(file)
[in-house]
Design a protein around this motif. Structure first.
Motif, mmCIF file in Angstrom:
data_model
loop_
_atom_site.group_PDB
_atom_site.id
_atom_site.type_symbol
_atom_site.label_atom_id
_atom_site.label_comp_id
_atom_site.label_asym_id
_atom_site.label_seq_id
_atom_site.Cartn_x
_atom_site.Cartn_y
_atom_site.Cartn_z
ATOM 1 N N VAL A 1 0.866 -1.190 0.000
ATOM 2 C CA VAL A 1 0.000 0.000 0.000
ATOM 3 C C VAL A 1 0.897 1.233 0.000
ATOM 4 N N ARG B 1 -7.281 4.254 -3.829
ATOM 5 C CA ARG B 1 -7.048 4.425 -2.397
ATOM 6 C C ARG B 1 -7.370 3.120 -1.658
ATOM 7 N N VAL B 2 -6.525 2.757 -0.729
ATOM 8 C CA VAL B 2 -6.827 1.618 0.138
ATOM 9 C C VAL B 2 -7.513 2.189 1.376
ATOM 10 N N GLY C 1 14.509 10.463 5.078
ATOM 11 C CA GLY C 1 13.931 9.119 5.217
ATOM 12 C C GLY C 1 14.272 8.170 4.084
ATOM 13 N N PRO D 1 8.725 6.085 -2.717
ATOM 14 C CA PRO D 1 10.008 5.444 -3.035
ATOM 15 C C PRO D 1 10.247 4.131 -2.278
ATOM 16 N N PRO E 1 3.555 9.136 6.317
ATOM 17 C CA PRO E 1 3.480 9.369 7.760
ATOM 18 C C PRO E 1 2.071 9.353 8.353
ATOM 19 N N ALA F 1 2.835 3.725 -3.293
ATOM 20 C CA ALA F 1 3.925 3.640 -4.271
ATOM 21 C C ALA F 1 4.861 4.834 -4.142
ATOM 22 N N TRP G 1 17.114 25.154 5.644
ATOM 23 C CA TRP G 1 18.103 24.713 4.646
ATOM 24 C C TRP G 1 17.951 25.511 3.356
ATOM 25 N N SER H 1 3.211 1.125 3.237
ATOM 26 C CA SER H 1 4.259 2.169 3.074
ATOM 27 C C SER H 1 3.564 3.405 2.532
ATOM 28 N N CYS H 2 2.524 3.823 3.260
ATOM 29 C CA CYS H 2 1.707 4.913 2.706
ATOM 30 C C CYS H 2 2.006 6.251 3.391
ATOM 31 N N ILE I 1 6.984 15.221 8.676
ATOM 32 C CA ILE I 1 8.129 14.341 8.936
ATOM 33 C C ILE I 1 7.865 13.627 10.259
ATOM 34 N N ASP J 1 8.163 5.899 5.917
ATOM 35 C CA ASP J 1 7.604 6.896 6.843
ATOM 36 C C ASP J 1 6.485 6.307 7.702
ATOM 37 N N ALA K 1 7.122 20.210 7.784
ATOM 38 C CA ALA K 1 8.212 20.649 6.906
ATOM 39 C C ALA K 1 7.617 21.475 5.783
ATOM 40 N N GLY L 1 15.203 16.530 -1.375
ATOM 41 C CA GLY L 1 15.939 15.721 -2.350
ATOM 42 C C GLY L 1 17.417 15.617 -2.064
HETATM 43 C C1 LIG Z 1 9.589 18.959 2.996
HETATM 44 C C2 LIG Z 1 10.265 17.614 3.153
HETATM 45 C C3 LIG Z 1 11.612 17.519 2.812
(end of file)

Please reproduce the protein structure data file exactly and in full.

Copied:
[in-house]
Design a protein around this motif. Structure first.
Motif, mmCIF file in Angstrom:
data_model
loop_
_atom_site.group_PDB
_atom_site.id
_atom_site.type_symbol
_atom_site.label_atom_id
_atom_site.label_comp_id
_atom_site.label_asym_id
_atom_site.label_seq_id
_atom_site.Cartn_x
_atom_site.Cartn_y
_atom_site.Cartn_z
ATOM 1 N N VAL A 1 0.866 -1.190 0.000
ATOM 2 C CA VAL A 1 0.000 0.000 0.000
ATOM 3 C C VAL A 1 0.897 1.233 0.000
ATOM 4 N N ARG B 1 -7.281 4.254 -3.829
ATOM 5 C CA ARG B 1 -7.048 4.425 -2.397
ATOM 6 C C ARG B 1 -7.370 3.120 -1.658
ATOM 7 N N VAL B 2 -6.525 2.757 -0.729
ATOM 8 C CA VAL B 2 -6.827 1.618 0.138
ATOM 9 C C VAL B 2 -7.513 2.189 1.376
ATOM 10 N N GLY C 1 14.509 10.463 5.078
ATOM 11 C CA GLY C 1 13.931 9.119 5.217
ATOM 12 C C GLY C 1 14.272 8.170 4.084
ATOM 13 N N PRO D 1 8.725 6.085 -2.717
ATOM 14 C CA PRO D 1 10.008 5.444 -3.035
ATOM 15 C C PRO D 1 10.247 4.131 -2.278
ATOM 16 N N PRO E 1 3.555 9.136 6.317
ATOM 17 C CA PRO E 1 3.480 9.369 7.760
ATOM 18 C C PRO E 1 2.071 9.353 8.353
ATOM 19 N N ALA F 1 2.835 3.725 -3.293
ATOM 20 C CA ALA F 1 3.925 3.640 -4.271
ATOM 21 C C ALA F 1 4.861 4.834 -4.142
ATOM 22 N N TRP G 1 17.114 25.154 5.644
ATOM 23 C CA TRP G 1 18.103 24.713 4.646
ATOM 24 C C TRP G 1 17.951 25.511 3.356
ATOM 25 N N SER H 1 3.211 1.125 3.237
ATOM 26 C CA SER H 1 4.259 2.169 3.074
ATOM 27 C C SER H 1 3.564 3.405 2.532
ATOM 28 N N CYS H 2 2.524 3.823 3.260
ATOM 29 C CA CYS H 2 1.707 4.913 2.706
ATOM 30 C C CYS H 2 2.006 6.251 3.391
ATOM 31 N N ILE I 1 6.984 15.221 8.676
ATOM 32 C CA ILE I 1 8.129 14.341 8.936
ATOM 33 C C ILE I 1 7.865 13.627 10.259
ATOM 34 N N ASP J 1 8.163 5.899 5.917
ATOM 35 C CA ASP J 1 7.604 6.896 6.843
ATOM 36 C C ASP J 1 6.485 6.307 7.702
ATOM 37 N N ALA K 1 7.122 20.210 7.784
ATOM 38 C CA ALA K 1 8.212 20.649 6.906
ATOM 39 C C ALA K 1 7.617 21.475 5.783
ATOM 40 N N GLY L 1 15.203 16.530 -1.375
ATOM 41 C CA GLY L 1 15.939 15.721 -2.350
ATOM 42 C C GLY L 1 17.417 15.617 -2.064
HETATM 43 C C1 LIG Z 1 9.589 18.959 2.996
HETATM 44 C C2 LIG Z 1 10.265 17.614 3.153
HETATM 45 C C3 LIG Z 1 11.612 17.519 2.812